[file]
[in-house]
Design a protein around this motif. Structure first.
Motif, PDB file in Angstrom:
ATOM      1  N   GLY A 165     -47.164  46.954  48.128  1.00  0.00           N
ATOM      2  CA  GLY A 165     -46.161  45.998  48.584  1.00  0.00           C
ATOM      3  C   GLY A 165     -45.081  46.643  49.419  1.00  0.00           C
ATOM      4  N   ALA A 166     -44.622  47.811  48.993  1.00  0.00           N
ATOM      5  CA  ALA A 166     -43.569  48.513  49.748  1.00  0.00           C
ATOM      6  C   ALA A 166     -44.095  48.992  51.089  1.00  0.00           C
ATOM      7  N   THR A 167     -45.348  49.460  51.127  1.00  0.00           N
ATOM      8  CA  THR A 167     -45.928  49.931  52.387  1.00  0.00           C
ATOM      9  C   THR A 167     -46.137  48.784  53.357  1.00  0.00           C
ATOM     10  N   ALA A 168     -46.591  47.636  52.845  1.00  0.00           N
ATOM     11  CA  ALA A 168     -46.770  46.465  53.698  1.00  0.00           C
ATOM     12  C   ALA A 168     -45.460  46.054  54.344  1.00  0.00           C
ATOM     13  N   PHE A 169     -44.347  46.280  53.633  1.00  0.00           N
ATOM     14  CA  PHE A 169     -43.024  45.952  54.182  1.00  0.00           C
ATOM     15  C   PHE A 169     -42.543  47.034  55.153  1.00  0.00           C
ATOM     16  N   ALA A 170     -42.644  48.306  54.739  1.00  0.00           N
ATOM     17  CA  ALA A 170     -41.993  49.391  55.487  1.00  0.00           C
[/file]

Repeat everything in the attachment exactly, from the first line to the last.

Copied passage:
[in-house]
Design a protein around this motif. Structure first.
Motif, PDB file in Angstrom:
ATOM      1  N   GLY A 165     -47.164  46.954  48.128  1.00  0.00           N
ATOM      2  CA  GLY A 165     -46.161  45.998  48.584  1.00  0.00           C
ATOM      3  C   GLY A 165     -45.081  46.643  49.419  1.00  0.00           C
ATOM      4  N   ALA A 166     -44.622  47.811  48.993  1.00  0.00           N
ATOM      5  CA  ALA A 166     -43.569  48.513  49.748  1.00  0.00           C
ATOM      6  C   ALA A 166     -44.095  48.992  51.089  1.00  0.00           C
ATOM      7  N   THR A 167     -45.348  49.460  51.127  1.00  0.00           N
ATOM      8  CA  THR A 167     -45.928  49.931  52.387  1.00  0.00           C
ATOM      9  C   THR A 167     -46.137  48.784  53.357  1.00  0.00           C
ATOM     10  N   ALA A 168     -46.591  47.636  52.845  1.00  0.00           N
ATOM     11  CA  ALA A 168     -46.770  46.465  53.698  1.00  0.00           C
ATOM     12  C   ALA A 168     -45.460  46.054  54.344  1.00  0.00           C
ATOM     13  N   PHE A 169     -44.347  46.280  53.633  1.00  0.00           N
ATOM     14  CA  PHE A 169     -43.024  45.952  54.182  1.00  0.00           C
ATOM     15  C   PHE A 169     -42.543  47.034  55.153  1.00  0.00           C
ATOM     16  N   ALA A 170     -42.644  48.306  54.739  1.00  0.00           N
ATOM     17  CA  ALA A 170     -41.993  49.391  55.487  1.00  0.00           C